- Associated Press - Tuesday, December 9, 2014

FLORENCE, Ala. (AP) - A pelican showed up in the area 30 years ago, and Floyd Sherrod remembers everyone going out to see it.

“People were surprised to see a pelican in Alabama,” said Sherrod, president of the Shoals Audubon Society. “Now, they have become increasingly more and more here. Within the last five, six years, they have started showing up in great numbers.”

Fishermen and bird watchers said several of the long-billed birds are frequently seen on the Tennessee River, particularly below Wilson Dam.

“I see them all the time while out patrolling the river,” Alabama Marine Police Officer Josh Bradford said. “It seems like there are always some out there.”

Tom Haggerty, chairman of the Department of Biology and a professor at the University of North Alabama, said bird counts show the population of the American white pelican is increasing.

He said the Christmas Bird Count and Breeding Bird Survey data indicate continental populations have increased at a rate of about 4 percent in the last 25 years and the species breeding range is expanding eastward.

“For example, in Wisconsin the number of reported nesting pairs has increased from two in 1994 to 4,123 in 2013. There have also been breeding population increases in Minnesota, Iowa and Illinois,” Haggerty said.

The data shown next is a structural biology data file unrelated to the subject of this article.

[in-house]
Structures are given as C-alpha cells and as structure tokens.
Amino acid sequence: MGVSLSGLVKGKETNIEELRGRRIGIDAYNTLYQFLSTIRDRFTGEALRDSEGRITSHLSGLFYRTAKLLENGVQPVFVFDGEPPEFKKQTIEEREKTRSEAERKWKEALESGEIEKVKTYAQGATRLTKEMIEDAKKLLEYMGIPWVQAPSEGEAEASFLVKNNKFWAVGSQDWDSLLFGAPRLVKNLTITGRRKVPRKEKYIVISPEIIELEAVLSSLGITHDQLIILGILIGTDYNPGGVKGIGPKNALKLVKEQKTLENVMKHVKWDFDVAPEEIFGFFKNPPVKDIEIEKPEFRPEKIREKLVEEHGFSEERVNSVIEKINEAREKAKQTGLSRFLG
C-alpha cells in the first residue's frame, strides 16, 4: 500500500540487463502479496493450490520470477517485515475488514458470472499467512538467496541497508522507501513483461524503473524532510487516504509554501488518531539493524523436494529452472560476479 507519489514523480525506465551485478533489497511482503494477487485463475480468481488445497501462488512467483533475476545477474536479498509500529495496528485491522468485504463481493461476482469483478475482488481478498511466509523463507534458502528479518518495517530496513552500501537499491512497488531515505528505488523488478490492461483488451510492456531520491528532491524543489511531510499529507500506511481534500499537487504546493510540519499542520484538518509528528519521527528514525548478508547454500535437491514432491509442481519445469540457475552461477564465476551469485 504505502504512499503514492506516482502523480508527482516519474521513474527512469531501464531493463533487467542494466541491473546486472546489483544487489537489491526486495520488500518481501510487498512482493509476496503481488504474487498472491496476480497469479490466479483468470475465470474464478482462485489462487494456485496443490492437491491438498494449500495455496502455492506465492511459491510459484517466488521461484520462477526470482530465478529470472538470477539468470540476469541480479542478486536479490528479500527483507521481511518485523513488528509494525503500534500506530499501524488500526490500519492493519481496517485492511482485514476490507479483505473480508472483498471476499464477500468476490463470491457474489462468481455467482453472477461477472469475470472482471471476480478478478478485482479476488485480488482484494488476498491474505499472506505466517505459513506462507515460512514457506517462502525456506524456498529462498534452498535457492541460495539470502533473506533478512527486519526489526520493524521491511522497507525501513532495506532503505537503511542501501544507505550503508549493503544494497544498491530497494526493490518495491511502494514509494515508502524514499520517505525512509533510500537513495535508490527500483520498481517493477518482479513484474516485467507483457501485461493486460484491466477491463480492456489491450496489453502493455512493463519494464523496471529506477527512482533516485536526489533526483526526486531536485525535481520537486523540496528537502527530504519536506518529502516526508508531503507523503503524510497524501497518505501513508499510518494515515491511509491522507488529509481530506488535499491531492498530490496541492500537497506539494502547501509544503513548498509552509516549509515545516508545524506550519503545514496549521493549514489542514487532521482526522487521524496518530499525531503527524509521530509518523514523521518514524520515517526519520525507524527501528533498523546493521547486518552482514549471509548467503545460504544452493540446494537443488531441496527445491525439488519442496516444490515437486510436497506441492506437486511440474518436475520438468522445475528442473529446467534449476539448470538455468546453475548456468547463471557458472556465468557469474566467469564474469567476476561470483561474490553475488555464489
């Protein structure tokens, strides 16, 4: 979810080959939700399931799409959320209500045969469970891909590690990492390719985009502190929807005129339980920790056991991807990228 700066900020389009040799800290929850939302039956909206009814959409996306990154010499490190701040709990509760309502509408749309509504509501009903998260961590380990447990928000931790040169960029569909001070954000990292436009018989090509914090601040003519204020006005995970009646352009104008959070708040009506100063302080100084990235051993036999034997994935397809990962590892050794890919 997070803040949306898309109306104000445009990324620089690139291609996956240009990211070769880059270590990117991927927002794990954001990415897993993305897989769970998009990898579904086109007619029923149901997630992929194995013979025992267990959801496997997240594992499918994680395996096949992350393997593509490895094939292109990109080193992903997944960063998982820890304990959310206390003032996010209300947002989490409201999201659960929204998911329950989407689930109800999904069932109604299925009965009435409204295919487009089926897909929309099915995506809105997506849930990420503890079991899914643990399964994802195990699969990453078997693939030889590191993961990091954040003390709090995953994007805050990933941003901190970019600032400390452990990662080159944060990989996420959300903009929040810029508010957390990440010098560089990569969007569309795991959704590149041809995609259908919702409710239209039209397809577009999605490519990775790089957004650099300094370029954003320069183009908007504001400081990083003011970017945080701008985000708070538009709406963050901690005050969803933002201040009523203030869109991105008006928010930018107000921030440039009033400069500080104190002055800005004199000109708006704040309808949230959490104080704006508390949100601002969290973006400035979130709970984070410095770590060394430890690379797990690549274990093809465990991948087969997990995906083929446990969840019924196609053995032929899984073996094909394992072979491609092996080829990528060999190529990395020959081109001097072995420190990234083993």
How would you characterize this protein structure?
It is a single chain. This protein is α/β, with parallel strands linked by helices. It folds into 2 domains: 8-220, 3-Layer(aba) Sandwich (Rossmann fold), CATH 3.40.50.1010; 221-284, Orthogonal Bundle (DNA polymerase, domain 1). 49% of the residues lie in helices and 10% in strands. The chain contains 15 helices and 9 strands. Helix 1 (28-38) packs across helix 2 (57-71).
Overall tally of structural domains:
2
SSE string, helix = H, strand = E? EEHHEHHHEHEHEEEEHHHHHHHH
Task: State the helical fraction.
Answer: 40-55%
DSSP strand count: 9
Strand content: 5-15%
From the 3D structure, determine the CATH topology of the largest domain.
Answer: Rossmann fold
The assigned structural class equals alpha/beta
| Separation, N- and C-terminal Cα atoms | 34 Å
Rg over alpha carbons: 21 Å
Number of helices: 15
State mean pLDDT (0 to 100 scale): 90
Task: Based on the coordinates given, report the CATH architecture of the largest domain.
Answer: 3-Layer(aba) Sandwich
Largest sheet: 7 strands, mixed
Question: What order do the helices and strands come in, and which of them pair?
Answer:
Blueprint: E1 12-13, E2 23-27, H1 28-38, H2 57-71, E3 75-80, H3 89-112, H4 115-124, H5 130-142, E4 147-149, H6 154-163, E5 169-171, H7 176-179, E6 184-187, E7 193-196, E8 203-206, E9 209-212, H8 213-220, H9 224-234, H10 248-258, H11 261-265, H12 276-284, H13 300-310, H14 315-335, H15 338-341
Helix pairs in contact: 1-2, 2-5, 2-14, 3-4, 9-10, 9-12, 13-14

He said until 2005, the American white pelican was considered a rare bird, not expected to be seen in winter in the Tennessee Valley.

“Our local Christmas Bird Count (Waterloo Christmas Bird Count) has shown a steady increase in the winter population during the last eight years or so,” Haggerty said. “For example, between 1985-2000, they were never seen, but in 2001, we counted 11 individuals, and in 2013 we counted 315. It will be interesting to see how many we count on Dec. 20.”

Haggerty said he suspects the increase seen in the winter population in the Shoals and in other locations of the Tennessee Valley is because of increases occurring in the breeding populations in Wisconsin and other eastern locations.

Sherrod said many of the birds migrate to the area and just stay here.

“There is a large number at the Wheeler (National) Wildlife Refuge,” Sherrod said.

Haggerty said the American white pelican prefer habitats that are relatively shallow, about eight feet deep. He said the birds often line up and forage, or make fish dives, together.

“Studies have shown that they have a higher capture rate when individuals coordinate their feeding,” he said. “Typically you will find the largest groups in these shallow water areas along the Tennessee River.”

Sherrod said once, while on a trip to Bankhead National Forest, he looked up and saw a flock of about 50 American white pelicans flying south.

“Since that time I (have seen) them over on Bear Creek and at the dam,” Sherrod said. “One of the most entertaining things to watch is seeing them float down river and then fly back up.

“It’s a big change from how it was years ago, when there were only a few here.”

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Information from: TimesDaily, https://www.timesdaily.com/

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